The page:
For society, too, there are uncomfortable difficulties: we may not be ready to accept—or pay for—a cadre of people who identify the flaws in the professionals upon whom we rely, and yet hold in confidence what they see.
Coaching done well may be the most effective intervention designed for human performance. Yet, the allegiance of coaches is to the people they work with; their success depends on it. And the existence of a coach requires an acknowledgment that even expert practitioners have significant room for improvement.
Are we ready to confront this fact when we’re in their care?
Source: The New Yorker, October 3, 2011
If you are at all interested in improving your hiring results for staff positions please give us a call at (602) 357-4399, or check us out on the web at positiveoptions.net for a sample.
40% of new executives are shown the door within 18 months of being hired. There are two reasons. The first is that they were mis-hired in the first place and the second is that there was no systematic onboarding process in place to insure they were properly focused and supported. This is not only a problem for executives, it is also a major issue for managers and supervisors.
At the manager level the outcome is often different. Managers who are not highly successful are often left in the position to perform at a mediocre level. The cost is huge.
The cost of getting people functioning at a high level in a very short time is not that great. There may be a rather small cost to establishing a systematic hiring process that reduces mis-hires. However, once the process is established it can be applied in all executive and management jobs. The content changes but the process stays the same. An advantage is that the same assessment tools can be applied, people get familiar with them and the process gets more and more efficient saving time and energy for everyone involved.
Onboarding has become recognized as absolutely critical for people assuming any new executive or management position. The sink or swim approach that is often used leaves the individual to stumble around on their own trying to discover priorities, resources and systems. This is time wasted and very frustrating for someone wanting to do a good job. Just as with the initial hiring process the onboarding process, once developed, can be applied to most executive or management positions with minor changes.
It is true you will not eliminate all turnover or poor performance when someone new is put in a job. The question to ask yourself is, Can we do a better job and substantially reduce our costs?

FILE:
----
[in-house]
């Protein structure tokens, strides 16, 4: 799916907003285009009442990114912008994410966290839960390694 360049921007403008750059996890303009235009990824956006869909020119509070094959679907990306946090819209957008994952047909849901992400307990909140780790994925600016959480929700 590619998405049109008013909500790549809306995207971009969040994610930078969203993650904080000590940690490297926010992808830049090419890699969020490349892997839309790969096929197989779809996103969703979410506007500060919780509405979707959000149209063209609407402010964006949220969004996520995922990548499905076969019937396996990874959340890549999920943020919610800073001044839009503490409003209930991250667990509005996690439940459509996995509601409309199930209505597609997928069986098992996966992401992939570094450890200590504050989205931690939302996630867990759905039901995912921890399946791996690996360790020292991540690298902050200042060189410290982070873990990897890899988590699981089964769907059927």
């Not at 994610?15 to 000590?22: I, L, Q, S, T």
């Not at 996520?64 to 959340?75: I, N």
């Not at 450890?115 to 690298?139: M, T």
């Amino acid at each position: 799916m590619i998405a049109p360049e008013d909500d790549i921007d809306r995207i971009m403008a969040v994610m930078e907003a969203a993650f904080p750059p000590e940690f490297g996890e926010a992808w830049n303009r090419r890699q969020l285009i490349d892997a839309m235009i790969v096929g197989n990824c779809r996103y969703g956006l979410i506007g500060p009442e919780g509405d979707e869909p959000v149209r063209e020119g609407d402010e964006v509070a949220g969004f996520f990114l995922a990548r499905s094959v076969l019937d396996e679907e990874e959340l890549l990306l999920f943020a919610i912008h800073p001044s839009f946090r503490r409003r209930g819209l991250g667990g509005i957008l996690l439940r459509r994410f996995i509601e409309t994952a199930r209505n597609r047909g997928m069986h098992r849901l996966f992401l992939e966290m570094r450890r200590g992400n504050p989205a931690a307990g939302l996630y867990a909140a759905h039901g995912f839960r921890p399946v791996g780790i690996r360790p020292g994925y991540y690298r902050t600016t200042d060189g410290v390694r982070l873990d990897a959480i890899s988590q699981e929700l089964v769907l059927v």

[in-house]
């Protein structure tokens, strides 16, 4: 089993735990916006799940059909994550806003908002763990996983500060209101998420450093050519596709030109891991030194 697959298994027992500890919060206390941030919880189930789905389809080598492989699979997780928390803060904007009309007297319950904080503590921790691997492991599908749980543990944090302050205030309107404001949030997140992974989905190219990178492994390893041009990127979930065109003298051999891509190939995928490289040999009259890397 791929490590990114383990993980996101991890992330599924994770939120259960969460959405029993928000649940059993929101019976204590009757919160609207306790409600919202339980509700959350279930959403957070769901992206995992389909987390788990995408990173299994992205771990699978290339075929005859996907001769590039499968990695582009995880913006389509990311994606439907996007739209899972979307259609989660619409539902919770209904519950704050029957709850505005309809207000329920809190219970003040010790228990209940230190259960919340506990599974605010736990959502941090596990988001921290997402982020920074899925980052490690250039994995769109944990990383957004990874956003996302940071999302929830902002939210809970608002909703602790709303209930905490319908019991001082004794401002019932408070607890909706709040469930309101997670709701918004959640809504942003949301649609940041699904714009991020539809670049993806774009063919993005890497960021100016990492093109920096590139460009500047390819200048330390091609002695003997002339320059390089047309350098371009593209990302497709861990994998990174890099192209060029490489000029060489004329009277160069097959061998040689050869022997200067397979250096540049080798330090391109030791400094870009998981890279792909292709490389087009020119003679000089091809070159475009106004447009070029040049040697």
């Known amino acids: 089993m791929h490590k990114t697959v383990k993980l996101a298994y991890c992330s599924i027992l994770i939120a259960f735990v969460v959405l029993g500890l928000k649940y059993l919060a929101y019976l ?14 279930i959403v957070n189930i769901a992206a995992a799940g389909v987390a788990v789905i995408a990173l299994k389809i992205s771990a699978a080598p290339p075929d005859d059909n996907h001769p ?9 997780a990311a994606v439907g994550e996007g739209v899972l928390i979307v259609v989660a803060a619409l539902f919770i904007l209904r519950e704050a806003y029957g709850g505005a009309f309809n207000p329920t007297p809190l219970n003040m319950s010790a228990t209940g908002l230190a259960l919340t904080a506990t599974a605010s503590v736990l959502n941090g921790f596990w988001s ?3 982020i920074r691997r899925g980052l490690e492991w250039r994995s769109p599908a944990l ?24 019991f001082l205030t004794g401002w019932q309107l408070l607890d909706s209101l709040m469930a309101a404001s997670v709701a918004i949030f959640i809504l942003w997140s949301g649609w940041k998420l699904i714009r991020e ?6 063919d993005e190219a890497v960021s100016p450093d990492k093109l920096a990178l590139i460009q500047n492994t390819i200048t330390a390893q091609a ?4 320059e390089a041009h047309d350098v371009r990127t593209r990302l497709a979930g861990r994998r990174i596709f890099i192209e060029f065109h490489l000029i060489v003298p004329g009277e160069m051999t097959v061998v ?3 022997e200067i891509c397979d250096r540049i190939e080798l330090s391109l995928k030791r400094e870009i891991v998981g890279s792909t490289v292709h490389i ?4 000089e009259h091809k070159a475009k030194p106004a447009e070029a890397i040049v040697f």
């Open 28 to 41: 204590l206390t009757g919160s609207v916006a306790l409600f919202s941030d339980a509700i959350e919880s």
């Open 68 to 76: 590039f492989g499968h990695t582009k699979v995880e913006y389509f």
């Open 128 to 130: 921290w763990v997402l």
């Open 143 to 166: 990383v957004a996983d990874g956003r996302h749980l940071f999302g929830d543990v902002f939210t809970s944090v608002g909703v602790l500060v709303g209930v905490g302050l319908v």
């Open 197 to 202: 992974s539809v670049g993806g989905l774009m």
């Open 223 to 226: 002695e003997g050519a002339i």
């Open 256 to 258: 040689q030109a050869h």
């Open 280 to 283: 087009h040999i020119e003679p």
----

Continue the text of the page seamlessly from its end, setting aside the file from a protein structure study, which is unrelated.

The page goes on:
If you would like to discuss this further email us or give us a call. Take a look at our Assessments page here.
A first grade school teacher in Virginia had twenty-five students in her class. She presented each child in her classroom the first half of a well-known proverb and asked them to come up with the remainder of the proverb.
It's hard to believe that these were actually done by first graders. Their insight may surprise you. While reading, keep in mind that these are first graders -- 6-year-olds -- because the last one is a classic!
1. Don't change horses ........... until they stop running.
2. Strike while the ........... bug is close.
3. It's darkest before ............ Daylight Saving Time.
4. Never underestimate the power of ............ termites.
5. You can lead a horse to water but ............ how?
6. Don't bite the hand that ............ looks dirty.
7. No news is ............ impossible.
8. A miss is as good as a ........... Mr.
9. You can't teach an old dog new ............ math.
10. If you lie down with dogs, ............ you'll stink in the morning.
11. Love all, trust ............ me.
12. The pen is mightier than the ............ pigs.
13. An idle mind is ........... the best way to relax.
15. Happy the bride who ........... gets all the presents.
16. A penny saved is ........... not much.
17. Two's company, three's ............ the Musketeers.
18. Don't put off till tomorrow what ........... you put on to go to bed.
19. Laugh and the whole world laughs with you, cry and .......... you have to blow your nose.
20. There are none so blind as ............ Stevie Wonder.
21. Children should be seen and not ........... spanked or grounded.
22. If at first you don't succeed ........... get new batteries.
23. You get out of something only what you ............ see in the picture on the box.
24. When the blind lead the blind ............ get out of the way.
And the WINNER and last one!
25. Better late than ............ pregnant.